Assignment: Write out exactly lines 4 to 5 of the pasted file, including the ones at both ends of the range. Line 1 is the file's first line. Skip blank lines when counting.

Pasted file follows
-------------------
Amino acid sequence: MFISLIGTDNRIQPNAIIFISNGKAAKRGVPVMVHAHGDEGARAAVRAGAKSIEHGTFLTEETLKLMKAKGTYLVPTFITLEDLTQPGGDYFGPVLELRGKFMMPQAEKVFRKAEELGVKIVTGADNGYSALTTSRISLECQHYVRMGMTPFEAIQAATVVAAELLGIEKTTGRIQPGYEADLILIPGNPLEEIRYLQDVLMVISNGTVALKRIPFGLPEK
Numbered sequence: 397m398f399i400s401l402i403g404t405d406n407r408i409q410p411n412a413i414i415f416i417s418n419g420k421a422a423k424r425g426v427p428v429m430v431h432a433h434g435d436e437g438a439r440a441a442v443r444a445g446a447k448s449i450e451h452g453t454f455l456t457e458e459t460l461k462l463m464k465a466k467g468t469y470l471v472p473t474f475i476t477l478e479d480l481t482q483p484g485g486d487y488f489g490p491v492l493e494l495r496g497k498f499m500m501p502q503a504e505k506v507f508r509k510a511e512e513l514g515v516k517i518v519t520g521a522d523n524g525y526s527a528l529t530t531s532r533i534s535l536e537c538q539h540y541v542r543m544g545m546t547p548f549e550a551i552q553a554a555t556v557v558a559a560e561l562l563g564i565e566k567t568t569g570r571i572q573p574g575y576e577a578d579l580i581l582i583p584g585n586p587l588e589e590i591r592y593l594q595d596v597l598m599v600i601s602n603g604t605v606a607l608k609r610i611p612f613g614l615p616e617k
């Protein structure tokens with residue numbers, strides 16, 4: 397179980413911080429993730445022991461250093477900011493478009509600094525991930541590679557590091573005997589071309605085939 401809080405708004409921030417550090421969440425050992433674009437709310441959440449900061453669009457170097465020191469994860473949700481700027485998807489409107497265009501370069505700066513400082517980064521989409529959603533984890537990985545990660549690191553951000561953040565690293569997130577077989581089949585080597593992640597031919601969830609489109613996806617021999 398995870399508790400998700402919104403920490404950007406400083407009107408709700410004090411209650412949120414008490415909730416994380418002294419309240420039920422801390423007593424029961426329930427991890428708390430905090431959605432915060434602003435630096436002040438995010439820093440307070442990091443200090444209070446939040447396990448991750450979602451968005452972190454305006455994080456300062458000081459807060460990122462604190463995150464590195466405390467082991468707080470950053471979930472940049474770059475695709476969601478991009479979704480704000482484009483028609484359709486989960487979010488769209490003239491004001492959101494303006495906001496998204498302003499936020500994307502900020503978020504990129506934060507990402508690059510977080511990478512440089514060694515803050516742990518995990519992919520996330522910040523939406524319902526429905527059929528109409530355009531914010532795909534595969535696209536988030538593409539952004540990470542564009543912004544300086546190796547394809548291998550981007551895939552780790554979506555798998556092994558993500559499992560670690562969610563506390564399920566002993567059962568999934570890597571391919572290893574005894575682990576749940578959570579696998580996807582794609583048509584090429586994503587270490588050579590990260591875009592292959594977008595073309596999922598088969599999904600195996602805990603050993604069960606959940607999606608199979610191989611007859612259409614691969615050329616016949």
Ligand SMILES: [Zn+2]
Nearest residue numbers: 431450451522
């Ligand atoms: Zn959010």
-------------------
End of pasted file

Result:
Ligand SMILES: [Zn+2]
Nearest residue numbers: 431450451522